Cladh Hallan

Cladh Hallan (Scottish Gaelic: Cladh Hàlainn, Scottish Gaelic pronunciation: [kʰl̪ˠɤɣ ˈhaːl̪ˠɪɲ]) is an archaeological site on the island of South Uist in the Outer Hebrides in Scotland. It is significant as the only place in Great Britain where prehistoric mummies have been found.[1] Excavations were carried out there between 1988 and 2002, indicating the site was occupied from 2000 BC.[2]

Cladh Hallan
Photo of the site
Remains of roundhouses at Cladh Hallan
Cladh Hallan is located in Outer Hebrides
Cladh Hallan
Shown within Outer Hebrides
LocationSouth Uist
Coordinates57°10′16″N 7°24′27″W / 57.17116°N 7.40759°W / 57.17116; -7.40759
PeriodsBronze Age
Site notes
Public accessYes
Composition of the male mummy:
blue: male c. 1600 BC
yellow: male c. 1500-1400 BC
red: male c. 1440-1360 BC

In 2001, a team of archaeologists found four skeletons at the site, one of them a male who had died c. 1600 BC, and another a female who had died c. 1300 BC. (about the same time as King Tutankhamun of Egypt). At first the researchers did not realise they were dealing with mummies, since the soft tissue had decomposed and the skeletons had been buried. But tests revealed that both bodies had not been buried until about 1120 BC, and that the bodies had been preserved shortly after death in a peat bog for 6 to 18 months. The preserved bodies were then apparently retrieved from the bog and set up inside a dwelling, presumably having religious significance. Archaeologists do not know why the bodies were buried centuries later. The Cladh Hallan skeletons differ from most bog bodies in two respects: unlike most bog bodies, they appear to have been put in the bog for the express purpose of preservation (whereas most bog bodies were simply interred in the bog), and unlike most bog bodies, their soft tissue was no longer preserved at the time of discovery.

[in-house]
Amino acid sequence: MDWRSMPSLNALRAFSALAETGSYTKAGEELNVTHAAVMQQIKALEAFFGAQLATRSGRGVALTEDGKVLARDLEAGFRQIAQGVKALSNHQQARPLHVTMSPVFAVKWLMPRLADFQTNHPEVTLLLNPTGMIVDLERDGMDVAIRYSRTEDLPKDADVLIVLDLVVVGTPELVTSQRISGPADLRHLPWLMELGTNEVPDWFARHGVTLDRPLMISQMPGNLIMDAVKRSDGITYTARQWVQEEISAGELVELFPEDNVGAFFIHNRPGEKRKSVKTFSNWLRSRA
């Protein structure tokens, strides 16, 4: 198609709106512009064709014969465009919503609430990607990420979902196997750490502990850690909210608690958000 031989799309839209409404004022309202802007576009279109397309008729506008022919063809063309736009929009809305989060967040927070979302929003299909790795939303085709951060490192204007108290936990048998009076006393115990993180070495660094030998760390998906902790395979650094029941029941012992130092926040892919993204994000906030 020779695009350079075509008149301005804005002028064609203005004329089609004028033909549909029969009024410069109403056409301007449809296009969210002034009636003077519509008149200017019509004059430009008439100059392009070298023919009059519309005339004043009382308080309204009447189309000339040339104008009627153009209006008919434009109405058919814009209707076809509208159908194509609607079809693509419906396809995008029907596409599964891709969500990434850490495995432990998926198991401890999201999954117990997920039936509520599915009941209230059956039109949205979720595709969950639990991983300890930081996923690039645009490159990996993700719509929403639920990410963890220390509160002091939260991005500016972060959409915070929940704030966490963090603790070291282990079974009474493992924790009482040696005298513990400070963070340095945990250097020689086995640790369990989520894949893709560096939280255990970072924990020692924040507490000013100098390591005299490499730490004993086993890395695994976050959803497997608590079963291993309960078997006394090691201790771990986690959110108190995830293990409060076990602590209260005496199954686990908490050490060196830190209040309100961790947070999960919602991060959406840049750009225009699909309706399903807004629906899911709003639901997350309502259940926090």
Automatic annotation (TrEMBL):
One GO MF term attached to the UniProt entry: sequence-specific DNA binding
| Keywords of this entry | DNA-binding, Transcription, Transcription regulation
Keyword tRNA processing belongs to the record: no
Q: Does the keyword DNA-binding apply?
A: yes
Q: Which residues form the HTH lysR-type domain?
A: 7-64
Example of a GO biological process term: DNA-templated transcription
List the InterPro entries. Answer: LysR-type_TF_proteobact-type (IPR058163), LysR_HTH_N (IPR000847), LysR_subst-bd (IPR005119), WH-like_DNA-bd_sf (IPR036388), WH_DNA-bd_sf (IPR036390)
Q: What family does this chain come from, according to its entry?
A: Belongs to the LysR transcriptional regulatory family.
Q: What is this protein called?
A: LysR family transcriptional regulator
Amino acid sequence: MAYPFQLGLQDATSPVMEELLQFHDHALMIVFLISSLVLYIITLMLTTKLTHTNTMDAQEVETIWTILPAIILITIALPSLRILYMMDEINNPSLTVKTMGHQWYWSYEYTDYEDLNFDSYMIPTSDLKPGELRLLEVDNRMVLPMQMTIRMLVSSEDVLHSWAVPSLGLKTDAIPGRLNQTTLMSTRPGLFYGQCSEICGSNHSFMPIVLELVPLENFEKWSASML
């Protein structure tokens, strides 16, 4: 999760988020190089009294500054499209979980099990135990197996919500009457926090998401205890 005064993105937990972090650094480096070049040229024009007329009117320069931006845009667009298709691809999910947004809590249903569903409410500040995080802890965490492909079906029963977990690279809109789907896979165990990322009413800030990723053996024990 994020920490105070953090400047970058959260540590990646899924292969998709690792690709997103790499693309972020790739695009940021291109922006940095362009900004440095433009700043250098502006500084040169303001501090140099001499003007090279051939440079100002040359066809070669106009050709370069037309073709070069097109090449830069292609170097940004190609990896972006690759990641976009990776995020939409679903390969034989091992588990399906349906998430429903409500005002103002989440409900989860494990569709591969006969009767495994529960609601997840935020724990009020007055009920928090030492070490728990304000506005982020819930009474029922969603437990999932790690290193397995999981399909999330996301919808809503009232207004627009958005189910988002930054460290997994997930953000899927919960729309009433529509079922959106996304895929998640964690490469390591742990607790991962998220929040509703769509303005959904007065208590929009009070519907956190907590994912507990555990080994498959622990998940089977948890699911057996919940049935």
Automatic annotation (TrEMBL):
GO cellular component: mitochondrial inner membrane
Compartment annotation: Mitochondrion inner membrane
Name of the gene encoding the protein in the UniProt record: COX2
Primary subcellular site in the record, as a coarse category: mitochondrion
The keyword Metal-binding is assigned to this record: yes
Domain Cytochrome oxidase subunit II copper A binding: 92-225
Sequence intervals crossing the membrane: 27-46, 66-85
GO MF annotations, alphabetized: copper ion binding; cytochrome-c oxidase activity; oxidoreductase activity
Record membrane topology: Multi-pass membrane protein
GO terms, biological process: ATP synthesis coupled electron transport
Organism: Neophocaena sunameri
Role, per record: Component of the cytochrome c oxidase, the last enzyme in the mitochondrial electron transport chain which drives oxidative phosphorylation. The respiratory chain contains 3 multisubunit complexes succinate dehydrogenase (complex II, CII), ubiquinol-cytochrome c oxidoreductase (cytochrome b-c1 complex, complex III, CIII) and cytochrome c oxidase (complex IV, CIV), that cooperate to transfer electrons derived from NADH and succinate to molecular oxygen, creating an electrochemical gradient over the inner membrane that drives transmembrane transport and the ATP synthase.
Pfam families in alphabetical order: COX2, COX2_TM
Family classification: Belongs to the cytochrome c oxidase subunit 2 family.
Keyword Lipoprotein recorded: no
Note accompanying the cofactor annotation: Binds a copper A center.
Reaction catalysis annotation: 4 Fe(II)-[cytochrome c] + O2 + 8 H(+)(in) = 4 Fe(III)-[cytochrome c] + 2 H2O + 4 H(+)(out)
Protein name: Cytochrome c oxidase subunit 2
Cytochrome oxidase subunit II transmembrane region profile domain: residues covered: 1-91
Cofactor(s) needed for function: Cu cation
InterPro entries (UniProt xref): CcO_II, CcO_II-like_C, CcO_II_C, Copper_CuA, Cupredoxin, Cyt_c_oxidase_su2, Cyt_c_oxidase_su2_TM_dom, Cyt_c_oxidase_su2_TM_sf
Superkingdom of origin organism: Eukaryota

The skeletons and other finds are being analysed in laboratories in Scotland, England and Wales. Following the provisions of the Treasure Trove Act, all the finds from Cladh Hallan, including the skeletons, will be allocated to a Scottish museum after the lengthy process of analysis and reporting is completed. According to recent anthropological and DNA-analysis the skeletons of a female and a male were compiled from body parts of at least 6 different human individuals.[3]

See alsoEdit


  1. ^ "Mummification in Bronze Age Britain" BBC History. Retrieved 11 February 2008.
  2. ^ "The Prehistoric Village at Cladh Hallan". University of Sheffield. Retrieved 21 Feb 2008.
  3. ^ Kaufman, Rachel (6 July 2012). ""Frankenstein" Bog Mummies Discovered in Scotland; Two ancient bodies made from six people, new study reveals". National Geographic. Retrieved 21 December 2021.

Further readingEdit

External linksEdit

Coordinates: 57°10′16″N 7°24′27″W / 57.17116°N 7.40759°W / 57.17116; -7.40759